CDC urges action after first Zika mosquito transmissions in US - CBS46 News

CDC urges action after first Zika mosquito transmissions in US

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(Source: WGCL) (Source: WGCL)

The CDC confirmed Friday the first cases of Zika virus mosquito transmission in the US.

Four people became infected in the Miami area after being bitten by a mosquito. Right now, there are 41 Zika travel-related cases in Georgia and more than 1,600 cases of Zika across the US. The cases include more than 400 hundred pregnant women.

The CDC is urging people that live in areas of the country with the type of mosquito that carries the virus to take action now to protect themselves. That includes Georgia where right now it is peak mosquito season.

“We don’t have a crystal ball and we can’t really predict what might happen but nonetheless we need for states including Georgia to be prepared,” CDC spokesman Tom Skinner told CBS 46. Skinner said though mosquitoes may not be spreading the virus in Georgia right now, with more than 40 confirmed travel-related cases, there is no way to be sure. During a news conference Friday afternoon, the head of the CDC said most people who have the virus do not know it.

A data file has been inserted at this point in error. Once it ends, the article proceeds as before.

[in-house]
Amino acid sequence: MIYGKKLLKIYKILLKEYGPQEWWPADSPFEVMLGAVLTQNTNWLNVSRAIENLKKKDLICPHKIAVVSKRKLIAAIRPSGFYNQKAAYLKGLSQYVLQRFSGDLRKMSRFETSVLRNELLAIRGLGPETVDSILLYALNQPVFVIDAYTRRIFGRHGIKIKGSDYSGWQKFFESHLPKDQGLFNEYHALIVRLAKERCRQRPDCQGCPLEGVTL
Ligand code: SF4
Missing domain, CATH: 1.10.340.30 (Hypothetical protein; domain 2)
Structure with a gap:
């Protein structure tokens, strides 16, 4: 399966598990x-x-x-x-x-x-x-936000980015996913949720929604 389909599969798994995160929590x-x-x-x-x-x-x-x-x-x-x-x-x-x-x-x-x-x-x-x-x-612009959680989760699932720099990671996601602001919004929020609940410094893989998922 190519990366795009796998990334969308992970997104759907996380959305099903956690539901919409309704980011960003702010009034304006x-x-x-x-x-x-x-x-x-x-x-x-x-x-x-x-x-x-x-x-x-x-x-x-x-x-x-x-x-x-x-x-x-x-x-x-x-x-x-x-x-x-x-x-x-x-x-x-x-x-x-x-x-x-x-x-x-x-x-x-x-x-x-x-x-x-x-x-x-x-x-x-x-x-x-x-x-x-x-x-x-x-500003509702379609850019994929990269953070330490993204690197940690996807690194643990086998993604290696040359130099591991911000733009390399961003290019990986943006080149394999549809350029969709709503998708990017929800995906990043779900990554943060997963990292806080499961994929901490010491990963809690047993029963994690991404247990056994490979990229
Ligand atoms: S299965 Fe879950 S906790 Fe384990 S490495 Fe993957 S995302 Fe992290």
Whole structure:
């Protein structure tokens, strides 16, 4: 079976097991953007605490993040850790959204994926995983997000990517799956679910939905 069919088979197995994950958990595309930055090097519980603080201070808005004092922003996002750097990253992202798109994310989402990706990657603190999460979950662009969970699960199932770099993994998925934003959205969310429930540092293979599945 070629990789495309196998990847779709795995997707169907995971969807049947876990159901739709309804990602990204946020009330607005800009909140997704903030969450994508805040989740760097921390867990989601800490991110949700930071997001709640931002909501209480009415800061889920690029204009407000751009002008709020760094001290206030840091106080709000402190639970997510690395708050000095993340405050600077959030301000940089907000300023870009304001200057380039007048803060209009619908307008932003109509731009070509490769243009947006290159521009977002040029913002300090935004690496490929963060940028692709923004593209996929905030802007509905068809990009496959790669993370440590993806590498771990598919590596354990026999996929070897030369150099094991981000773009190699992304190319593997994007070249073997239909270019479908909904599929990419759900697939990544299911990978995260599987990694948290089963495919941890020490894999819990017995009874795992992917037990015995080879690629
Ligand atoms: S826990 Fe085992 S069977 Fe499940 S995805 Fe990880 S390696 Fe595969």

“We believe that 4 out of 5 people with Zika infections don’t have symptoms so we anticipate that there will certainly have been other infections,” shared CDC Director Dr. Tom Freden.

Someone who traveled abroad brought the Zika virus back with them to Florida. In the Miami area, where the four people were infected by a mosquito bite, government workers are now going door-to-door to warn people about the virus. They are also making sure people drain standing water where mosquitoes can breed and heavily spraying to kill existing mosquitoes. 

“This is an important public threat that we are facing right now as a country,” stated US Surgeon General Dr. Vivek Murthy. CBS 46 also spoke one-on-one with the nation's top doctor about the growing threat of Zika, now with confirmed cases of mosquito transmission in the US.

“This just heightens the importance of us making sure that individuals know what steps they can take to prevent themselves from getting the virus to prevent themselves from getting the virus,” Murthy explained. The CDC is urging everyone who lives in areas with the type of mosquito that carries the virus to take action now. They are especially concerned about pregnant woman. One bite from an infected mosquito can cause microcephaly in a fetus and cause a baby to be born with an abnormally small head.

“Wear repellent, remove water from in and around your home, eliminate breeding sites, these are everyday measures we can all take to protect ourselves,” Skinner asserted.

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